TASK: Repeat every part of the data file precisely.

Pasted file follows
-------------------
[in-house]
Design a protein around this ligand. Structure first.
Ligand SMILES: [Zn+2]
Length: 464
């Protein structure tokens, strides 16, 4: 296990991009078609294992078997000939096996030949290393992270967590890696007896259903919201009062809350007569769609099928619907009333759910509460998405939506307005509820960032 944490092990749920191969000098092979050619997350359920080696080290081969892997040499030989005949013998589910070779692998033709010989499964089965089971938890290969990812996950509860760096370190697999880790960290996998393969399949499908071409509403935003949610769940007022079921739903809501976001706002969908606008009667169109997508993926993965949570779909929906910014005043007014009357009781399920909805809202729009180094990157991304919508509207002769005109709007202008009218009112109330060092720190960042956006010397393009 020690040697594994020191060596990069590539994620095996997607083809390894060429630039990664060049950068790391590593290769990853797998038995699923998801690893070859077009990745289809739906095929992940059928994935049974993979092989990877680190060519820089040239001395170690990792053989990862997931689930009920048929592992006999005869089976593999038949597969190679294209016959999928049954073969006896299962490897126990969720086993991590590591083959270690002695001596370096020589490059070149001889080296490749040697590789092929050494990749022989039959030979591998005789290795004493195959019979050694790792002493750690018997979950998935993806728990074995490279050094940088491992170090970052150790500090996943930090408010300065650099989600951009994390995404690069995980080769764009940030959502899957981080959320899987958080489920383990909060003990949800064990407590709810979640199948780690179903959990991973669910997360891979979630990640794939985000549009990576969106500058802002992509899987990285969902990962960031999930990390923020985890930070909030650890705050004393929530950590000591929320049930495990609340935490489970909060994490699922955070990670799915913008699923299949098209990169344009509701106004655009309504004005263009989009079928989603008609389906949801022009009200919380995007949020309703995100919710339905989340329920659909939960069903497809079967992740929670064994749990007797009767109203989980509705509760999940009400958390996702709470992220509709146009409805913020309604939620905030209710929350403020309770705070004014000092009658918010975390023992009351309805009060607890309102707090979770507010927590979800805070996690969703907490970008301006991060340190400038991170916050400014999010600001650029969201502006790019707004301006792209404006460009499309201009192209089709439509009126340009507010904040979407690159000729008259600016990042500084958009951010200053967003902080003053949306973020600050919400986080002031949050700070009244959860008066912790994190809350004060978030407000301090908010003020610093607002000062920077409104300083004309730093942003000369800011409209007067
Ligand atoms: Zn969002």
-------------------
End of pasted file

[in-house]
Design a protein around this ligand. Structure first.
Ligand SMILES: [Zn+2]
Length: 464
């Protein structure tokens, strides 16, 4: 296990991009078609294992078997000939096996030949290393992270967590890696007896259903919201009062809350007569769609099928619907009333759910509460998405939506307005509820960032 944490092990749920191969000098092979050619997350359920080696080290081969892997040499030989005949013998589910070779692998033709010989499964089965089971938890290969990812996950509860760096370190697999880790960290996998393969399949499908071409509403935003949610769940007022079921739903809501976001706002969908606008009667169109997508993926993965949570779909929906910014005043007014009357009781399920909805809202729009180094990157991304919508509207002769005109709007202008009218009112109330060092720190960042956006010397393009 020690040697594994020191060596990069590539994620095996997607083809390894060429630039990664060049950068790391590593290769990853797998038995699923998801690893070859077009990745289809739906095929992940059928994935049974993979092989990877680190060519820089040239001395170690990792053989990862997931689930009920048929592992006999005869089976593999038949597969190679294209016959999928049954073969006896299962490897126990969720086993991590590591083959270690002695001596370096020589490059070149001889080296490749040697590789092929050494990749022989039959030979591998005789290795004493195959019979050694790792002493750690018997979950998935993806728990074995490279050094940088491992170090970052150790500090996943930090408010300065650099989600951009994390995404690069995980080769764009940030959502899957981080959320899987958080489920383990909060003990949800064990407590709810979640199948780690179903959990991973669910997360891979979630990640794939985000549009990576969106500058802002992509899987990285969902990962960031999930990390923020985890930070909030650890705050004393929530950590000591929320049930495990609340935490489970909060994490699922955070990670799915913008699923299949098209990169344009509701106004655009309504004005263009989009079928989603008609389906949801022009009200919380995007949020309703995100919710339905989340329920659909939960069903497809079967992740929670064994749990007797009767109203989980509705509760999940009400958390996702709470992220509709146009409805913020309604939620905030209710929350403020309770705070004014000092009658918010975390023992009351309805009060607890309102707090979770507010927590979800805070996690969703907490970008301006991060340190400038991170916050400014999010600001650029969201502006790019707004301006792209404006460009499309201009192209089709439509009126340009507010904040979407690159000729008259600016990042500084958009951010200053967003902080003053949306973020600050919400986080002031949050700070009244959860008066912790994190809350004060978030407000301090908010003020610093607002000062920077409104300083004309730093942003000369800011409209007067
Ligand atoms: Zn969002």